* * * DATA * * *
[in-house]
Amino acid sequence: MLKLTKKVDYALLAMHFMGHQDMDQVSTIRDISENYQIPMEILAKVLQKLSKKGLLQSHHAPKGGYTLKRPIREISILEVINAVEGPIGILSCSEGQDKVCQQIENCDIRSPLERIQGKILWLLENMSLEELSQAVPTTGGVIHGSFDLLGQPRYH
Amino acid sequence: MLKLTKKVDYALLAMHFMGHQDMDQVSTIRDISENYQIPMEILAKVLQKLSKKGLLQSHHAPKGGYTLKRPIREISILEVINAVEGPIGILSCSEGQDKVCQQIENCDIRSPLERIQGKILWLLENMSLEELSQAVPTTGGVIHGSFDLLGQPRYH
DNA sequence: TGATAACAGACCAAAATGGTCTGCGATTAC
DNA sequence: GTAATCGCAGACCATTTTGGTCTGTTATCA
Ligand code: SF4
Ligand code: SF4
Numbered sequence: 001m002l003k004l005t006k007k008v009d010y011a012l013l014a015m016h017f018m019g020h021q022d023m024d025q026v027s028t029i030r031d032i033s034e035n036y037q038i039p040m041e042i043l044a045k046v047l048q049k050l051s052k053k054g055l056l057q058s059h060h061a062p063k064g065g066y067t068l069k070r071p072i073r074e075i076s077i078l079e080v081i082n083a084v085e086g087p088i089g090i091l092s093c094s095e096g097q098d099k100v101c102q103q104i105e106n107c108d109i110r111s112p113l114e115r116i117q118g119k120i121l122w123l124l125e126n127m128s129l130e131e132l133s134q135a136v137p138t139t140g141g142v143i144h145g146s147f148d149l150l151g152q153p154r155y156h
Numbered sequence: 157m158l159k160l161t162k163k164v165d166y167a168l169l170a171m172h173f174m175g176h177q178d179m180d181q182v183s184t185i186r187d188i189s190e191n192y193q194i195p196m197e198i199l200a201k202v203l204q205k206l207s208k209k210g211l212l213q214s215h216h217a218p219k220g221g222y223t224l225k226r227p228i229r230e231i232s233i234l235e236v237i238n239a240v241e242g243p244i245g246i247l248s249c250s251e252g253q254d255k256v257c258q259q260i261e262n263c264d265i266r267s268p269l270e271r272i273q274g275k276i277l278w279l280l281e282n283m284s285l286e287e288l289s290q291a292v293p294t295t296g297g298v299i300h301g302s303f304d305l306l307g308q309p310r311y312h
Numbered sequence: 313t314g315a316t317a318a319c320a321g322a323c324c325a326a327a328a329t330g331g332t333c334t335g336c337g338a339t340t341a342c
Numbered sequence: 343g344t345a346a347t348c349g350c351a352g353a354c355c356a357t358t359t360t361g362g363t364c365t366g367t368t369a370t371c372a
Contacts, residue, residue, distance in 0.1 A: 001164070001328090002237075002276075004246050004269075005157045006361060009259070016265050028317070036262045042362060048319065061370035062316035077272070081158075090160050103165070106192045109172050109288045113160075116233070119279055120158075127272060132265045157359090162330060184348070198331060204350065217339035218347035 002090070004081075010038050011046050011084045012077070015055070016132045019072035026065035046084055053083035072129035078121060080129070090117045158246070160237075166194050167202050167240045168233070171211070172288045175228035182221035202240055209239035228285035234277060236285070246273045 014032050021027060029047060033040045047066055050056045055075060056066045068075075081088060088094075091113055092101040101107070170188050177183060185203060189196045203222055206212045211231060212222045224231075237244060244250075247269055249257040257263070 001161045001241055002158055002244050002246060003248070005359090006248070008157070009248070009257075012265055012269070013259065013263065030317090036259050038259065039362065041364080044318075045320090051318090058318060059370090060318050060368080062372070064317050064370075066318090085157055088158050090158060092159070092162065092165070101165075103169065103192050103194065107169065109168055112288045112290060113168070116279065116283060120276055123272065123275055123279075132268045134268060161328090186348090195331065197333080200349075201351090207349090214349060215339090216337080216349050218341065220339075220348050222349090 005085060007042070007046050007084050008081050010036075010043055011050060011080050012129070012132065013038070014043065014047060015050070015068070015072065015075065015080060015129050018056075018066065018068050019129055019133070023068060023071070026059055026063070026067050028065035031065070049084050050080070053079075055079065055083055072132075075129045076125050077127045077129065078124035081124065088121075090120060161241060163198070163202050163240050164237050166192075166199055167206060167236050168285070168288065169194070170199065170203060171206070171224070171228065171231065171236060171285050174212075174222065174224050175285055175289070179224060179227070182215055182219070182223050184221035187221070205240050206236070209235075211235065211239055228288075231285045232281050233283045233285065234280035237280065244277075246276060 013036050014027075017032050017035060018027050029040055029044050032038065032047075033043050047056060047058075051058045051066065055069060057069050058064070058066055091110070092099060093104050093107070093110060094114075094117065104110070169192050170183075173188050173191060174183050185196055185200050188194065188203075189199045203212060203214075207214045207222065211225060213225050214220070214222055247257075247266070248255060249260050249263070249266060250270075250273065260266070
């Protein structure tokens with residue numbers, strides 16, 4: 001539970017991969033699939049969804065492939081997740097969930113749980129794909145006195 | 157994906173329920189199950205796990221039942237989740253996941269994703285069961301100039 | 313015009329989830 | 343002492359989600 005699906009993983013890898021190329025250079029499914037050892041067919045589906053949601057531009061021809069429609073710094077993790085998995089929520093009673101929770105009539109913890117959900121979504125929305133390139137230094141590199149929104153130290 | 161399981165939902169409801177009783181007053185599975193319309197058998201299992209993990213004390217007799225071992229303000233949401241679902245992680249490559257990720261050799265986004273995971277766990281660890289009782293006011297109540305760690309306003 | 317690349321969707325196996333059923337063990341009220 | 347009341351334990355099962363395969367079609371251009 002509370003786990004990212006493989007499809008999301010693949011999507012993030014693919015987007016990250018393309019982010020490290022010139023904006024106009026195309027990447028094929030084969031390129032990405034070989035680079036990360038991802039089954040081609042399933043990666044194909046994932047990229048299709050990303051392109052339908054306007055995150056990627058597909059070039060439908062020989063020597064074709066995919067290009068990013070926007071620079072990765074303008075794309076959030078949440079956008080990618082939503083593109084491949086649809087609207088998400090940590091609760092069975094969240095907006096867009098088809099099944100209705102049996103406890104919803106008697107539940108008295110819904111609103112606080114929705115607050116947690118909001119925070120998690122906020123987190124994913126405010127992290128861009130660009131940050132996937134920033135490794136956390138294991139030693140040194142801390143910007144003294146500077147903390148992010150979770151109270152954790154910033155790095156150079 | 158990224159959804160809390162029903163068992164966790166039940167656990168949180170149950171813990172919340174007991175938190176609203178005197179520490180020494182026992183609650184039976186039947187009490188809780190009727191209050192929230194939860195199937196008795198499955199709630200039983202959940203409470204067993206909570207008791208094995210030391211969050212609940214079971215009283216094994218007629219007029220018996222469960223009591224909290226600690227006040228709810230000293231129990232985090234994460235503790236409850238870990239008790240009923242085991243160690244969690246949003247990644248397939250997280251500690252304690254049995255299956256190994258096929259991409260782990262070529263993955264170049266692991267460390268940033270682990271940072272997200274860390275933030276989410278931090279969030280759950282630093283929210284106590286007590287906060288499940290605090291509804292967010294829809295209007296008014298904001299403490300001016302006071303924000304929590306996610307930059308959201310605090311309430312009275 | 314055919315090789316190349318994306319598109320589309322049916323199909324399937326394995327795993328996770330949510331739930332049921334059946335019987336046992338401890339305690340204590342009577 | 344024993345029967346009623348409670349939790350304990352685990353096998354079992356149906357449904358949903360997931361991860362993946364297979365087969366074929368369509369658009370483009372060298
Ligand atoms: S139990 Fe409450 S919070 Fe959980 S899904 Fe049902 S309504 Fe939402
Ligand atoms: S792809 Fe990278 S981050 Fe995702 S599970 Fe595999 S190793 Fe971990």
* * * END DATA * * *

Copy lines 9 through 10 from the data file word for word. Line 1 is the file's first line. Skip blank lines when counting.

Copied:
Numbered sequence: 157m158l159k160l161t162k163k164v165d166y167a168l169l170a171m172h173f174m175g176h177q178d179m180d181q182v183s184t185i186r187d188i189s190e191n192y193q194i195p196m197e198i199l200a201k202v203l204q205k206l207s208k209k210g211l212l213q214s215h216h217a218p219k220g221g222y223t224l225k226r227p228i229r230e231i232s233i234l235e236v237i238n239a240v241e242g243p244i245g246i247l248s249c250s251e252g253q254d255k256v257c258q259q260i261e262n263c264d265i266r267s268p269l270e271r272i273q274g275k276i277l278w279l280l281e282n283m284s285l286e287e288l289s290q291a292v293p294t295t296g297g298v299i300h301g302s303f304d305l306l307g308q309p310r311y312h
Numbered sequence: 313t314g315a316t317a318a319c320a321g322a323c324c325a326a327a328a329t330g331g332t333c334t335g336c337g338a339t340t341a342c